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Manu Tuilagi is getting ready for his final match with the England rugby team, wearing his famous smile as he does so.
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Manu Tuilagi is getting ready for his final match with the England rugby team, wearing his famous smile as he does so.


Manu Tuilagi has undergone significant changes since his debut for England in 2011. He has faced numerous injuries and spent countless hours on the treatment table, which has affected his body. At 20 years old, he was seen as the future of English rugby and had the potential to achieve remarkable feats as a member of the team. Now, he has matured into a wise and experienced member of Steve Borthwick’s squad. But amidst all these changes, Tuilagi’s characteristic smile remains unchanged.

In anticipation of his 60th and last game with England on Saturday, Tuilagi may have a number of frustrations. If he hadn’t faced so many injuries, some of which he caused by hiding them in order to keep playing, he likely would have played 100 games. He has also faced disciplinary issues, leading to his exclusion from the 2015 World Cup on home soil. Early on in his time with England, he gained notoriety for jumping off a ferry into Auckland harbour.

Tuilagi seems to not have any regrets. It is uncertain if he is even familiar with the word, as he playfully avoids discussing his potential move to the Top 14 league in France. As he reflects on a past incident in 2011, he breaks into a near hysterical laughter. He believes that life should be enjoyed and advises young players in his position to do the same. He suggests that players should make the most of their opportunities to play the game they love and be grateful for the people around them who they can learn from and support each other.

Tuilagi’s career is closely associated with New Zealand. In 2012, at Twickenham, he made a splash on the rugby scene during a match against the All Blacks, flashing his signature grin while they performed the haka. Tuilagi reflected on the moment a few years ago, and in 2019, he played a crucial role in England’s World Cup semi-final win over New Zealand.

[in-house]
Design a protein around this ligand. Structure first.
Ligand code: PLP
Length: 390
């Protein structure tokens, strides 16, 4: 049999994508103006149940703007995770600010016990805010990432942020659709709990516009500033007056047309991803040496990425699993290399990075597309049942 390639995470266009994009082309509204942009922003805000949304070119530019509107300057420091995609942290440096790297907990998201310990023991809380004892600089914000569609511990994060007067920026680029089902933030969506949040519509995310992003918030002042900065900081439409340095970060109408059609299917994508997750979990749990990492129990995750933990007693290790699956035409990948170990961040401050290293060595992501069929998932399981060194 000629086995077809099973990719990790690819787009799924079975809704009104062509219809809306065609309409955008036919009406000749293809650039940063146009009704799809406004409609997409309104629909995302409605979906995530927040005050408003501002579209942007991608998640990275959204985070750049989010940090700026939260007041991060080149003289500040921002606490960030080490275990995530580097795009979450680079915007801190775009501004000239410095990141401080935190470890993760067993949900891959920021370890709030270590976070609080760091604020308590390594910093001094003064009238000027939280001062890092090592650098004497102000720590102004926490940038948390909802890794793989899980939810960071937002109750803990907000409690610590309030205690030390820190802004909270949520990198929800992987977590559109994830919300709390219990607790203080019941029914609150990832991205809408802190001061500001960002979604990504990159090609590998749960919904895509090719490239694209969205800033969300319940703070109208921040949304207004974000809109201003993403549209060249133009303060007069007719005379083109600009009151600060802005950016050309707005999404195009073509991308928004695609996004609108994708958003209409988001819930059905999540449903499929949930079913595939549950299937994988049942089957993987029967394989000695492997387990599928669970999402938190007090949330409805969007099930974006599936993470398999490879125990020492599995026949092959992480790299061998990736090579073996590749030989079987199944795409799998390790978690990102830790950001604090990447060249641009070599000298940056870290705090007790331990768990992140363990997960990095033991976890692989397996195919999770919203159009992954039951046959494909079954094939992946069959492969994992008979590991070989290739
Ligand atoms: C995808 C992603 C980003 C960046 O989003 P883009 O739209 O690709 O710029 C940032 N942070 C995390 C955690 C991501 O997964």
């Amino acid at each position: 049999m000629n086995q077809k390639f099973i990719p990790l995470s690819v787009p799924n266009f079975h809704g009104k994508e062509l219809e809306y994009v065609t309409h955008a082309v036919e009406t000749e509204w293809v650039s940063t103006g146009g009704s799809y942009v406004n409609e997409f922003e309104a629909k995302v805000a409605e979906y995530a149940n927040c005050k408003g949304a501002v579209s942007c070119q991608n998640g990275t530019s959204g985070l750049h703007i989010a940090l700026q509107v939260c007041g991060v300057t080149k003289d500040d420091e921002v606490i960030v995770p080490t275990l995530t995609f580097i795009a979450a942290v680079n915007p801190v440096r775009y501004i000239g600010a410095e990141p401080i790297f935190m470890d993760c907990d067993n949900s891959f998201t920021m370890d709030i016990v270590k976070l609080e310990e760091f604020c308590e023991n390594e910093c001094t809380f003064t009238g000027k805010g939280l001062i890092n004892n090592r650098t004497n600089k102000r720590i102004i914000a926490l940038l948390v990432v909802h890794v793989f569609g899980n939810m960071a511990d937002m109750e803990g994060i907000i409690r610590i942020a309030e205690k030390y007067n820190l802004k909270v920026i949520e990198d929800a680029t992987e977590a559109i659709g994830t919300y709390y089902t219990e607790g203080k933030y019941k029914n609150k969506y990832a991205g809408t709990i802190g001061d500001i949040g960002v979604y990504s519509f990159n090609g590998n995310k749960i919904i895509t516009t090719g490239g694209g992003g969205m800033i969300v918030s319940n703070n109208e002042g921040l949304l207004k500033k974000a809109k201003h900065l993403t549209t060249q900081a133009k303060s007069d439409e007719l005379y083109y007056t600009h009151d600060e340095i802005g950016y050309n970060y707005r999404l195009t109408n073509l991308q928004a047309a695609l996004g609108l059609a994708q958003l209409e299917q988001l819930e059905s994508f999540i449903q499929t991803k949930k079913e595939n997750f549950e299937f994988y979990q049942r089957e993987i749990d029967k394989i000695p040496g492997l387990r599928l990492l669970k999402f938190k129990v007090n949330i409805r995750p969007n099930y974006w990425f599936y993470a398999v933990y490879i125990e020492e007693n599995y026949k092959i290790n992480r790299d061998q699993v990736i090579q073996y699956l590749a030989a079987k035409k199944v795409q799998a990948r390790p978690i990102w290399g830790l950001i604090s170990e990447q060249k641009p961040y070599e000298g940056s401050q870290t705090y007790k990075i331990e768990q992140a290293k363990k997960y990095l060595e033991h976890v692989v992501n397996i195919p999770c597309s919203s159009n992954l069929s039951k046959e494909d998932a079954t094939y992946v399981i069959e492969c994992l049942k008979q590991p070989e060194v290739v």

It is performances such as those that explain why Stuart Lancaster and Eddie Jones would never give up on Tuilagi. Lancaster was once asked what the biggest thing England had missed after one of their second-placed Six Nations finishes during his tenure and his one-word response was telling: “Manu”. He played only twice in Jones’s first three years as head coach but found fitness in 2019, signposting his World Cup form with a destructive performance in a warmup match against Ireland at Twickenham.

Tuilagi states that being injured for an extended period of time can be seen as either negative or positive. Although there are moments where it feels daunting, he always reflects on his passion for the game and finds motivation to continue. He considers himself fortunate to be able to pursue his love for the sport and is grateful for each day. Tuilagi acknowledges the highs and lows in life, and believes it adds to the exhilaration of living.

Manu Tuilagi sprints clear to score his second try against Fiji at Twickenham in November 2012.

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During Saturday’s game, the rugby player sustained a groin injury, which was his first time playing since December. Prior to that, he had broken his hand twice during the World Cup in France the previous year. Reflecting on the experience, he recalls asking the doctor if he could continue playing despite his injury, to which the doctor left the decision up to him. The rugby player, determined to play, pushed through the pain and considers it just a part of being an athlete. Even when his children cry from experiencing pain, he reminds them that it is temporary and something they can overcome.

Under the guidance of Jones, Tuilagi blossomed into a nurturing presence within the team and, according to those who have played alongside him in recent times, the affection they hold for him is both sincere and plentiful. This is a testament to his personal growth since his initial call-up – “I recall being the youngest one there and feeling incredibly nervous. When I first arrived, Jonny Wilkinson greeted me and introduced himself. He said, ‘Pleased to meet you Manu.’ I was taken aback!” Now, Jamie George plans to have Tuilagi give a speech to his fellow teammates before the final Six Nations match against France.

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George recalls a time when he spoke about the immense joy and love he feels while playing for England and how it reflects in his smile. He also mentions that whenever he speaks, people pay attention and it often leads to thoughtful insights.

What stands out for Tuilagi when playing for England? “It’s the chance to play for England, not just once, but multiple times.” He wants to inspire his younger teammates to cherish the experience of representing their country: “You never know when it could be your last.”

While talking, the drapes unexpectedly fall on the backdrop behind the individual who is 32 years old. He comments, “I believe that’s our signal,” acknowledging the symbolism of the situation.

Source: theguardian.com